Krasnow was raised in Oak Park, Ill. Her father founded an office furniture company; her mother fled Warsaw during the German occupation and lost her family to the Holocaust. Later in life, she ran the menswear department at Lord & Taylor in Chicago and sold clothes to a young Michael Jordan.
“I grew up with a mother, who, although she missed the past, she was always so embracing of the now,” Krasnow says. “She’d say, ‘Well, look what I have — it could always be worse.’ I grew up hopeful.”
Krasnow was a cheerleader in high school and graduated from Stanford University; in her books she lovingly outlines how she evolved into a California girl, dabbling in est and Buddhism. After graduation she moved back to Chicago and worked in a high-profile PR agency. She decided journalism was her true calling, spent a few years as a fashion writer in Dallas, then ended up in the D.C. bureau of United Press International, hopping around the globe in silk blouses and cowboy boots and interviewing Yoko Ono, Queen Noor and Mr. Rogers.
But motherhood tugged at her. She and her husband had agreed to have “four by 40,” and that’s what happened: two boys, then twin boys at 39. She had left UPI and was studying for her master’s in liberal studies at Georgetown University when she submitted an essay to The Post that began, “Whose life is this, anyway?”
She talked about how she had spent her 20s and 30s putting her career first and now she wanted to stay home with her kids. The essay sparked dozens of letters and a book deal from Miramax Books, followed by appearances on “The Oprah Winfrey Show” and, much later, an essay in “Mommy Wars,” by Leslie Morgan Steiner. The letters Krasnow received after “Surrendering to Motherhood” focused on marriage, so that led her to write “Surrendering to Marriage,” and so on. She’s a hit with Jewish women’s groups and book clubs.
Krasnow’s work resonates with readers, says her research assistant Nicole Glass, because “she gets to people going through hard times who pick up her books and discover themselves.”
Krasnow does most of her writing in her bedroom overlooking the Severn River. Her shingle-style house is filled with piles of magazines and books studded with Post-it notes. Family photos are everywhere. Her then-baby boy Jackson is on the cover of her first book. Motherhood is everything to her; she has said in interviews that she “surrendered to motherhood” when she was feeding scrambled eggs to the boys and the eggs ended up in her hair and she realized she was blissfully happy.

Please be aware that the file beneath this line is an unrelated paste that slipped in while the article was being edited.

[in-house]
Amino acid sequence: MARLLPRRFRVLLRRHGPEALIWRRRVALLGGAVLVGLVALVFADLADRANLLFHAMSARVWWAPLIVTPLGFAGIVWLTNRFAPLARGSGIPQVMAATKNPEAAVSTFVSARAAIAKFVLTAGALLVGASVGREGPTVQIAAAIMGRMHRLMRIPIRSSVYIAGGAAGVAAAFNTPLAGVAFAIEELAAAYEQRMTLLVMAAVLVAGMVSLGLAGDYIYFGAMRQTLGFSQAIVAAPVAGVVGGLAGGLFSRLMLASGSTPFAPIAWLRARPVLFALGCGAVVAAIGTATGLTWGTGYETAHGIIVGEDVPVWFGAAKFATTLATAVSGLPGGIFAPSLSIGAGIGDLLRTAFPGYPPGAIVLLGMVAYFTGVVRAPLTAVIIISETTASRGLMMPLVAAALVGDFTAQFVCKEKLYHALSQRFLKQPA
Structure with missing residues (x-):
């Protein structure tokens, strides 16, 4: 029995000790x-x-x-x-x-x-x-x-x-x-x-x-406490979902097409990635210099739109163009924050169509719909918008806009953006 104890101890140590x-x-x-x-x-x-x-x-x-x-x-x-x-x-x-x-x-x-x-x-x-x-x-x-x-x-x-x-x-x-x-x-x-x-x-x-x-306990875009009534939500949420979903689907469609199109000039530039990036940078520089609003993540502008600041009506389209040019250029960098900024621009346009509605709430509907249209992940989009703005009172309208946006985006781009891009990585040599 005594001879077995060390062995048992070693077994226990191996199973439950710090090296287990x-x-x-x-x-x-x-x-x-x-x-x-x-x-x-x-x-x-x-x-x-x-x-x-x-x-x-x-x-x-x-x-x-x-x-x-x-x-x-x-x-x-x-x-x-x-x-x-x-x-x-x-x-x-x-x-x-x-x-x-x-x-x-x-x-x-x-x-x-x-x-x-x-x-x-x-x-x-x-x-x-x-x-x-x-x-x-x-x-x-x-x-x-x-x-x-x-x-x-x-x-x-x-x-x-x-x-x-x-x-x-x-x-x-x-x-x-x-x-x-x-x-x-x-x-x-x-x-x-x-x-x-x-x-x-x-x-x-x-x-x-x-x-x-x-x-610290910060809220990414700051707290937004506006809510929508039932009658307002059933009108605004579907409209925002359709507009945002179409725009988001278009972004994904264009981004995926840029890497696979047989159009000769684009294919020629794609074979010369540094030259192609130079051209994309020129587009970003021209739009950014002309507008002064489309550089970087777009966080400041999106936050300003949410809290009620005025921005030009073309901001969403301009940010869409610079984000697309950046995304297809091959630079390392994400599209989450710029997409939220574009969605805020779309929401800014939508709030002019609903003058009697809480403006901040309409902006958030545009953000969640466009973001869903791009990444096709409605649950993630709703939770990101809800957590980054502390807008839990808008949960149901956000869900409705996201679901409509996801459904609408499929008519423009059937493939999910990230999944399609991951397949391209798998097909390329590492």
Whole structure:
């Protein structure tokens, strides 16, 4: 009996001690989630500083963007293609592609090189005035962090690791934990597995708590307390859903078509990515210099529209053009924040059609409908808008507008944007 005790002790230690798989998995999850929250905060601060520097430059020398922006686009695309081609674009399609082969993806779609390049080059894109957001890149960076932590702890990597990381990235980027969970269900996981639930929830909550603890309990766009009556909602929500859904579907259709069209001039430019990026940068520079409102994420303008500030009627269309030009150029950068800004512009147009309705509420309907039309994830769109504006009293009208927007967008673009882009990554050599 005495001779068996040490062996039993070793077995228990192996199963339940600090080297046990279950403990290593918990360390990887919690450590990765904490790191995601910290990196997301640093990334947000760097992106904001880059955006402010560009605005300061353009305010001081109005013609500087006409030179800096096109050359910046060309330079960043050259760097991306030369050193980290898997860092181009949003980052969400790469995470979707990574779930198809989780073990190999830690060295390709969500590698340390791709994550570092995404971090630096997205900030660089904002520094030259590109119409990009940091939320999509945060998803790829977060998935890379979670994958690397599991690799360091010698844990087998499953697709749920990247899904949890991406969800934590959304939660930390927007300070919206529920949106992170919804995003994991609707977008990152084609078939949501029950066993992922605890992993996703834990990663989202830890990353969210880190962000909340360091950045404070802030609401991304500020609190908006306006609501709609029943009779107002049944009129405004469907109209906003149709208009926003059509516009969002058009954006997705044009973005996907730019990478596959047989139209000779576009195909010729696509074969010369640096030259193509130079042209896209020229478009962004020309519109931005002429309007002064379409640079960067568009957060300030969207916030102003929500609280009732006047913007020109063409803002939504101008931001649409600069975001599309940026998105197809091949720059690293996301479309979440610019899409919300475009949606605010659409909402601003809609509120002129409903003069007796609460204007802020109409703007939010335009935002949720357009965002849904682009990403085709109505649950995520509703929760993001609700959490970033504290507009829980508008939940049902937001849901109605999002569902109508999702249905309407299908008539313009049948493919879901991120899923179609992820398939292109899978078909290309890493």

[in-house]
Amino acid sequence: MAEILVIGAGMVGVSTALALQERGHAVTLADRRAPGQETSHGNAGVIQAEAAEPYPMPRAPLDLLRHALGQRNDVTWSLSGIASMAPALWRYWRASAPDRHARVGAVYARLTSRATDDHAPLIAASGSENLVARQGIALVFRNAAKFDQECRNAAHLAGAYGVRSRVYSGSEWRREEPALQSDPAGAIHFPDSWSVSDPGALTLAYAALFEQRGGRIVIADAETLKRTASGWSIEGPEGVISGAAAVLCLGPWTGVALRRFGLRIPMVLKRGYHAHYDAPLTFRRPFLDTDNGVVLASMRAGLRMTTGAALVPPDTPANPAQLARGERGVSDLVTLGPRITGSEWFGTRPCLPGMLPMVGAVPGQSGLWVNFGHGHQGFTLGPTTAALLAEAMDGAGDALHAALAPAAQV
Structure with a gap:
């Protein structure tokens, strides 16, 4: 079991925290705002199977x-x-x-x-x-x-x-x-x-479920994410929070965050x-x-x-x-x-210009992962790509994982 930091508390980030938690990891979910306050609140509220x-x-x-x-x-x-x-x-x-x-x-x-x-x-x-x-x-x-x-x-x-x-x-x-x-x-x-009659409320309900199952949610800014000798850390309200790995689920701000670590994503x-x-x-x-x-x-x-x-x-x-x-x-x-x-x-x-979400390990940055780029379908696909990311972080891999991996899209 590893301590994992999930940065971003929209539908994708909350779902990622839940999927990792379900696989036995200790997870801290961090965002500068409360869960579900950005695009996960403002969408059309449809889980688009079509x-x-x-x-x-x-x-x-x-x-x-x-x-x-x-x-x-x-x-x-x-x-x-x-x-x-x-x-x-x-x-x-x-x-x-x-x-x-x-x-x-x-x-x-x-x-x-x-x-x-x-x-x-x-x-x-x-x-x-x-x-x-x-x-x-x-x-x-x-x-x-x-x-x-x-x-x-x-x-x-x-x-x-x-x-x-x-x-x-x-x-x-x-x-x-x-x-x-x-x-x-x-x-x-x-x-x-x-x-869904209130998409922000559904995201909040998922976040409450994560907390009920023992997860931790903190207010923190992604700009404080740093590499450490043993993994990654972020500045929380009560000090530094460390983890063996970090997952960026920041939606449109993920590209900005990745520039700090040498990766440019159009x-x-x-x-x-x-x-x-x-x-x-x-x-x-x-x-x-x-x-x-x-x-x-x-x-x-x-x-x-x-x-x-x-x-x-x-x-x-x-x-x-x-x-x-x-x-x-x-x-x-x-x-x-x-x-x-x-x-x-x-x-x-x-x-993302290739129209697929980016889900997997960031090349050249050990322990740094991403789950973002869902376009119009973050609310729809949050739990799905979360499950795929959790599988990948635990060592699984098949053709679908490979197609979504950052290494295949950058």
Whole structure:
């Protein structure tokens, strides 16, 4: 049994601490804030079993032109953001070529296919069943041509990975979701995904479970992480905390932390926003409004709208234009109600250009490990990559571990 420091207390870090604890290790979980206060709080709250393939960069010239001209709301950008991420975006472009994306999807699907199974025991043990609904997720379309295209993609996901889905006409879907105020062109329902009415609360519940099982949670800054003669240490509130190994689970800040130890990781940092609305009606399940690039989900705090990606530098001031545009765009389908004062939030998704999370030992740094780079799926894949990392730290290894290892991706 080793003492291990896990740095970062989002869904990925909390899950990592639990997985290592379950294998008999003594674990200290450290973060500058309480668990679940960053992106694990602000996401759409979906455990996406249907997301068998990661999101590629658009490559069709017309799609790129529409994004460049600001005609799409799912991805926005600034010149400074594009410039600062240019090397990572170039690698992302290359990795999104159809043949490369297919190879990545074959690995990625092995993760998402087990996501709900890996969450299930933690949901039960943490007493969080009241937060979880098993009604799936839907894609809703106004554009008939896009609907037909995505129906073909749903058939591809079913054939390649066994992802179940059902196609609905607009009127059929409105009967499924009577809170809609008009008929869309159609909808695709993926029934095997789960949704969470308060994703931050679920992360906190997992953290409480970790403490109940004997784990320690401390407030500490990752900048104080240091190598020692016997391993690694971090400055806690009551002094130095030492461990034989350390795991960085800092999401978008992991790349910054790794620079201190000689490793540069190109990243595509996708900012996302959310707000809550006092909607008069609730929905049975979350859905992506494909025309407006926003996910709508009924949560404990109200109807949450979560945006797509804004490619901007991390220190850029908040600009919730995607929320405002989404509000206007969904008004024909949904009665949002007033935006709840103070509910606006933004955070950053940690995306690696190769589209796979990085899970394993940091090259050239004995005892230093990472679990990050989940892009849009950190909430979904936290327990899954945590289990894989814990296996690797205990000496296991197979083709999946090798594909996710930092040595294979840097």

“She was a supermom, honestly,” says Jackson, now a freshman at American University. “She was so loving. She always made sure we had consistency, sat down at the same time for dinner.”
For the past few years, Krasnow, a journalism professor at American, has taught a class called “Voices of Women.” Participants keep journals, read book excerpts and swap stories about their lives. The class meets weekly for six weeks. In the current group, one woman is digging out from a disastrous home-renovation project; another is caring for an elderly father who doesn’t always recognize her. It’s a noncredit course, and the vibe is more California than D.C.
During a recent session, someone mentions a bad review “Sex After …” received in the New York Times, and everyone rushes to comfort Krasnow. They’re worried she’ll be crushed, but she waves away their concern: “Thanks, all of you, for your loving support,” she enthuses. “Think about these movie stars, when their whole life and esteem rests on a review. You want some equilibrium in your life.”
Krasnow’s next book won’t be about marriage or self-actualization or sex. She’s not interested in leading sex workshops; she wants, as she puts it, “to go in a whole different direction.” She plans to write a historical novel inspired by a black-and-white photo she has of her mother atop a motorcycle in Poland. The photo was taken one month before Hitler annexed the country. Krasnow plans to interview and research as vigorously as she has with her previous books, but the details will be all hers. She’s not sure yet about the story she wants to tell, but it’ll be about people in prewar Europe who had jobs, families and houses, and what happens when that all gets wiped out. It’ll be about the connections that bind, and how quickly they can be cut. It’ll be about relationships.
Lisa Grace Lednicer is a writer living in Arlington.